The route South East from Las Vegas, Nevada, to Kingman, Arizona, took me directly through Boulder City, a town established entirely to build Hoover Dam. Still in ‘road trip‘ mode, with or without Dee, I took the exit to Hoover Dam and stood in line for the ‘quick tour‘, as opposed to the ‘two-hour tour‘. I wasn’t sure I was ready to excite my claustrophobia nor vertigo genes to suffer through a two-hour tour after a one hour wait.
The first thing you notice about Hoover Dam and the visitor center is that everything is salmon pink, concrete beige and copper-red. Instant camouflage in this sea of coordinated rose tine and neutrals. The architecture all looks 1930s ‘Lloyd Wright‘; flat, crisp and linear with terraced right angles, beveled corners, solid “I” beam girder shapes, parallel poles with intermittent concentric circles and soft round shapes to break the masculine monotony. (Or should that be spelt “man-otony“?) Smooth, clean and bone dry as a John Wayne comment. And then, as if to be deliberately obtuse with the Tillman Bridge as backdrop, tilting electric pylons cutting forth at a 45˚ angle.
What you discern from the tour is mostly power. Power of the force of heavy bodies of immense water, power of the huge turbines that provide the electricity, the back-breaking power of the countless men that toiled to build it and the power of a government determined to turn the tides of the depression years and bring water to a thirsty and still thriving Nevada, California and Arizona. All of whom would be economic pale pastiches of their boom years without this colossus achievement. An engineering marvel spoken with daily pride by park rangers and retired volunteers alike.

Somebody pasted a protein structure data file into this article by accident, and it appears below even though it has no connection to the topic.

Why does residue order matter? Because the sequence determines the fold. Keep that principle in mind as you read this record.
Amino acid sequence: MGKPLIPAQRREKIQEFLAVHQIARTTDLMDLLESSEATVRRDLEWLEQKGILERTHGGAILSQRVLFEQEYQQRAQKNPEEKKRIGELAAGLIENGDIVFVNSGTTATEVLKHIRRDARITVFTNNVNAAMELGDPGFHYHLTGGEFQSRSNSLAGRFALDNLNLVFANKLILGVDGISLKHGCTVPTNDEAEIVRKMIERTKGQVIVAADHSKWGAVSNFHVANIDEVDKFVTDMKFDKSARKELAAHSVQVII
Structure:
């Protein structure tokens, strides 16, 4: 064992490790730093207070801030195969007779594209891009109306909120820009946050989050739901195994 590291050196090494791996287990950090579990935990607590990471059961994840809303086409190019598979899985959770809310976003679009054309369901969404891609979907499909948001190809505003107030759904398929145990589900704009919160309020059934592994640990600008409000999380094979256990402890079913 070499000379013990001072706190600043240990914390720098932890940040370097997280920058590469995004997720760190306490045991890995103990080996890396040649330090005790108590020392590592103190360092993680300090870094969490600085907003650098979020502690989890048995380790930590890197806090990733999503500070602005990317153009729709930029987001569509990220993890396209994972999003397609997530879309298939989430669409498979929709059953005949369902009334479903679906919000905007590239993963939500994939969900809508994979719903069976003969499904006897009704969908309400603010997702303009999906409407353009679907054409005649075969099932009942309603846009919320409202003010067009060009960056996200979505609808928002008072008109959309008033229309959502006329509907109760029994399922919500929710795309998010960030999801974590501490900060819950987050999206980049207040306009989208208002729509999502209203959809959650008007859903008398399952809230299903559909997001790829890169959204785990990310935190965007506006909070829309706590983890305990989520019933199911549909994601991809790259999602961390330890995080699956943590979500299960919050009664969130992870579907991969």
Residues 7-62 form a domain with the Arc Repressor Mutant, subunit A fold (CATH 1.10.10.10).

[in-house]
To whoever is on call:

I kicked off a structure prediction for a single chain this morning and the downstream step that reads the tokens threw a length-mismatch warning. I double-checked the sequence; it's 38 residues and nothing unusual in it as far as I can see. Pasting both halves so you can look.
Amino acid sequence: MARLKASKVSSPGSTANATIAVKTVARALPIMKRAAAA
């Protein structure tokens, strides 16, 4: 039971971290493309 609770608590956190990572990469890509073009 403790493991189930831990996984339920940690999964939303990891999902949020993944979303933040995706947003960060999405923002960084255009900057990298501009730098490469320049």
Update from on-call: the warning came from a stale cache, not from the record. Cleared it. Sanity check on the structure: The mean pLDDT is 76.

Despite the concern for security, vehicular traffic is still allows to traverse the dam from Nevada over to Arizona, and then traverse right on back in a short loop; park ranger guided and steered, but never explained. A Bridge to Terabithia. Magical, fictitious and somewhat pointless, going nowhere at no time. The Tillman Bridge, a real bridge, in honor of Pat Tillman, the Tucson native killed by Iraqi war, friendly fire and covered up by a not-so-friendly-a-government, arches high across the Colorado River, the perfect vantage point to view Hoover Dam. I enquired about Tillman auto access and was cautioned that vertigo sufferers should take heed. I did. I did not. One New Mexico, hot air balloon ride is rude awakening enough for me.
Traveling alone, I sort assistance from a five group of youths for someone with photographic skills for a one off, proof-that-I-was-here-shot, hoping for skills that would avoid legs-cut-off, a beheading, or framing that would included everything, but the subject. The three foot nothing, ‘Annie Leibovitz’ volunteered by her friends resulted in a photograph of my knees, waist, the barrier wall with the slightest suggestion of a dam wall behind(!) My next attempt from a maturer couple had better results. As the cockney rhyming slang goes … “Nice legs, sham about the boat race“.
Then onwards to Kingman to arrive by mid afternoon to join my Phoenix “Gear Head”, car enthusiast, friends for a weekend of “Route 66 Fun Run” judging, an annual event of historic and classic cars. In stark contrast to the might and bulk of Hoover Dam, the desert’s most dainty; roadside Spring Wild Flowers and blooming Cacti.